CHARLENEM and Darrielle Muhammad -The Final Call-

Louisiana National Guard Staff Sgt. Casey Delcambre, 2nd Battalion, 156th Infantry Regiment, 256th Infantry Brigade Combat Team, directs traffic at a static traffic control point in New Orleans East, Feb. 10. The Guardsmen were working in support of local, parish and state emergency officials after severe thunderstorms spawned several tornadoes in southeast Louisiana.
Ashley Strother, left, hugged her aunt Brenda Johnson among the wreckage of Johnson’s house in Oak Grove on, March 7, on Clinton Street in the Oak Hills subdivision among the debris left by violent weather that struck.
(L) Virginia Army National Guardsmen assigned to the 266th Military Police Company prepare vehicles for possible snow response operations in Manassas, Va., March 13. Photo: Virginia National Guard (R) New York Army National Guard Soldiers from the 42nd Combat Aviation Brigade based in Latham, N.Y. help shovel out a local resident stuck in snow in Utica, N.Y. on March 15. Photo: U.S. Army National Guard photo

“See they not that We are visiting the land, curtailing it of its sides? And Allah pronounces a doom–there is no repeller of His decree.   And He is Swift in calling to account.”   -Holy Qur’an, Chapter 13:41 (Maulana Muhammad Ali translation)

Divine words of warning from the Honorable Minister Louis Farrakhan were followed by severe weather affecting America from coast to coast.

“Watch the weather,” Min. Farrakhan stated, as he concluded his monumental Feb. 19 Saviours’ Day speech in Detroit, Mich., “Have No Fear for the Future: The Future is Ours.”


“This is not a forsaken people, and the God that we serve has promised us that he would fight our battles. We don’t have no gun to equal yours, but we got a God,” said Min. Farrakhan.

“Check out the West Coast. You never seen no rain like that.   You haven’t seen nothing yet,” he warned.

Then came Storm Stella.

At the time of year when most of America would be bidding the cold spells of winter farewell and giving spring a warm welcome, instead the country was caught off guard by this powerful winter storm.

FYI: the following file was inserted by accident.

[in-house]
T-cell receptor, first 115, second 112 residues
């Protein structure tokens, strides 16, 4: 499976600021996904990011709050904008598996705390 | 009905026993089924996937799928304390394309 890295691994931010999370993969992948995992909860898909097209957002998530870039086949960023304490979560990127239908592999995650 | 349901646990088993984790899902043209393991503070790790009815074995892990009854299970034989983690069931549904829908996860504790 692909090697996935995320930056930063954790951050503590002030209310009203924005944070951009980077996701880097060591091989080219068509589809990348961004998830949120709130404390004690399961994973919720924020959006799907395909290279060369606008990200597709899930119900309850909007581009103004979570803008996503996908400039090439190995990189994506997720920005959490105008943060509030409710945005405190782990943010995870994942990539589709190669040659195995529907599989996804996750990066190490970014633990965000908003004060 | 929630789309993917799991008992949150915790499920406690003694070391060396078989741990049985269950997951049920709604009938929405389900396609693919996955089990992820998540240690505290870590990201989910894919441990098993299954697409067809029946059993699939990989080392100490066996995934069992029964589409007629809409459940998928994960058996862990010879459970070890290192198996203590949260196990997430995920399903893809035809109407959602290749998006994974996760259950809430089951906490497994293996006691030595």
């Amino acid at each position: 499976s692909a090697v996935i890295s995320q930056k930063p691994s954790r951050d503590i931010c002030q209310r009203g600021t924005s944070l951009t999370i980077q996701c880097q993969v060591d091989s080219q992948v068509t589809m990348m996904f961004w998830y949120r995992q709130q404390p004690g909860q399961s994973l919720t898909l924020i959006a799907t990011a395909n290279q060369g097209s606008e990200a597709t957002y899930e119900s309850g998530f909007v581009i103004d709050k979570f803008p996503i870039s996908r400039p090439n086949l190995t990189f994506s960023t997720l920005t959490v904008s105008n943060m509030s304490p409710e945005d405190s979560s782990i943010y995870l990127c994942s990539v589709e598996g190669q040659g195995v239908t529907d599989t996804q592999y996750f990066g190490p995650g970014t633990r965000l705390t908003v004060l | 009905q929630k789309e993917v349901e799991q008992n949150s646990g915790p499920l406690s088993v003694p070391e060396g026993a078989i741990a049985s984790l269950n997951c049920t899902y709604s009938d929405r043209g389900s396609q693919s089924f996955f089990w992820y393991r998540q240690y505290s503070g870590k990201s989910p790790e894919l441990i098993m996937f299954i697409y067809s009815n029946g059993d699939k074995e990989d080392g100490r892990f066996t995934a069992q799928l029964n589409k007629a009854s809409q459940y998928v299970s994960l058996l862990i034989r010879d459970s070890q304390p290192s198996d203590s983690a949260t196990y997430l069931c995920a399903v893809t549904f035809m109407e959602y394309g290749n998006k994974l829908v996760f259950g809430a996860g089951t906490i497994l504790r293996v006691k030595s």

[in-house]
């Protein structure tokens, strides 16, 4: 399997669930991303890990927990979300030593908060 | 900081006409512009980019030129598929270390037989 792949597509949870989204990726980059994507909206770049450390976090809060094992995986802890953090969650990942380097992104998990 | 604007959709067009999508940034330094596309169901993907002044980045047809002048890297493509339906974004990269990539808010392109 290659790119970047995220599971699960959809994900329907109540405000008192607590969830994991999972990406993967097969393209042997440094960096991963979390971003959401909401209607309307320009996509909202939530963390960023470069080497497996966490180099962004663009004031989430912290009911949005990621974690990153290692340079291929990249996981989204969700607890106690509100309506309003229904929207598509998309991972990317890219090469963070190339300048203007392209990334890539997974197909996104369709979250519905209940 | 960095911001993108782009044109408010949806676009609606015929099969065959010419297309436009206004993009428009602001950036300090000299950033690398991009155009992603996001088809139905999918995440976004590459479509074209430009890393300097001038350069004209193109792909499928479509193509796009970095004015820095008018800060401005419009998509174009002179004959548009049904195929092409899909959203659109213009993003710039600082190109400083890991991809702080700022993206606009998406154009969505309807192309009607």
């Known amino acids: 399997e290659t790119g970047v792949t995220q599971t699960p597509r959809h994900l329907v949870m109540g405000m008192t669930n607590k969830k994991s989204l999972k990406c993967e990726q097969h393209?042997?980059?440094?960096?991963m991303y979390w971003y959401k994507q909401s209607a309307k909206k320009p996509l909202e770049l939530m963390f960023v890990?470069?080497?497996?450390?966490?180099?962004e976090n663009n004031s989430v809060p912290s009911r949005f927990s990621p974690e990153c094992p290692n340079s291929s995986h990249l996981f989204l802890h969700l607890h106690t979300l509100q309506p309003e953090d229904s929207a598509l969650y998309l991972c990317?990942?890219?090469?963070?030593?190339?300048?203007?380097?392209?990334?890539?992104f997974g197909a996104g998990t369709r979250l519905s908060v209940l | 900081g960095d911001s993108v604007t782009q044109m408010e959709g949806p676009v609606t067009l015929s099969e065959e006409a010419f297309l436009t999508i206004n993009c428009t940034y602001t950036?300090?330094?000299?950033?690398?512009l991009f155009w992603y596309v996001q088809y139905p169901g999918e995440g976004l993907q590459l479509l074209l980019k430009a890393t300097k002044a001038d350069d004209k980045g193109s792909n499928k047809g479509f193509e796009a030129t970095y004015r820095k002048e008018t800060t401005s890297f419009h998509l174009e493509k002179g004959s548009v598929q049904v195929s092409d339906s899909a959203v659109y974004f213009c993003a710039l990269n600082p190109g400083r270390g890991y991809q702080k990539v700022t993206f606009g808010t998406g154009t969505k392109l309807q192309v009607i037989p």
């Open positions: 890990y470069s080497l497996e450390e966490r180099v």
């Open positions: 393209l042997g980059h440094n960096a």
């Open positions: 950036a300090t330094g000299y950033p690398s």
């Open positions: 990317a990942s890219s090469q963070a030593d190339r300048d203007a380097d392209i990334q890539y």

Blizzard and winter storm warnings were issued to what seemed like the entire East Coast, including parts of the Midwest.

Residents were urged to prepare for the massive nor’easter, which means its strongest winds blew from the northeast.

In addition to transit interruptions, over the course of her three-day lifespan, the late winter storm caused seven deaths. Among them was 16-year-old Ava Doris of New Hampshire. She lost control of her vehicle and slammed into a tree.

Mississippi National Guard soldiers assist local authorities in disaster relief efforts in Hattiesburg, Miss., Jan. 26, 2017, after a tornado swept through the area. Photo: Mississippi Army National Guard photo by Staff Sgt. Tim Morgan

Anticipation of Stella put more than 18 million people under blizzard watch. The storm was to hit hard a large part of the Northeastern U.S., including Washington, D.C., Pennsylvania, Massachusetts, New York, Connecticut, New Hampshire, and other states. Each state was given a severe weather warning.The National Weather Service predicted the gusty winds of the storm to cause snow winds and produce low visibility. There were flight cancellations and major highway closures as a result.

Andrew Taylor of FlightAware, an organization that monitors real time flight patterns from U.S. Air Traffic Control, detailed Stella’s impact on air travel.

“Airlines cancelled 1,661 flights Monday, 6,266 flights yesterday, and 1,012 flights today (Mar. 15) for a total of 8,939 flights cancelled, impacting over 500,000 travelers,” he told The Final Call. The storms raged March 13 through March 15.

Gov. Dannel Malloy declared a civil preparedness emergency in the state of Connecticut. An emergency no travel order shut down Interstate 95 and all state roads.

Two avalanches were reported in Pennsylvania, which resulted in the closing of Pennsylvania Route 92.

Gov. Malloy also activated a statewide travel ban that began on March 14.   The next day he announced state offices were re-opened.

This unprecedented weather ravaging America’s coastlines comes in the wake of the direct warnings from Min. Farrakhan. He has for 40 years absent his teacher, the Honorable Elijah Muhammad, been putting the American government on notice that God will use the forces of nature as a weapon of mass destruction against America.

“The plagues of God’s Judgment are on America. The White man is worried about terrorists, but no one terrorizes like God,” Min. Farrakhan tweeted on March 15.

Several states received record breaking snowfall for March, according to the National Oceanic Atmospheric Administration.

The states with areas hit the hardest included New Hampshire, which saw 32 inches of snow in areas. Some parts of Vermont saw 35 inches, and Ilion, N.Y. topped the list with 43 inches of snow in certain areas. Meteorologists with the Weather Channel reported some areas of New York were astonished with seven inches of snow in an hour.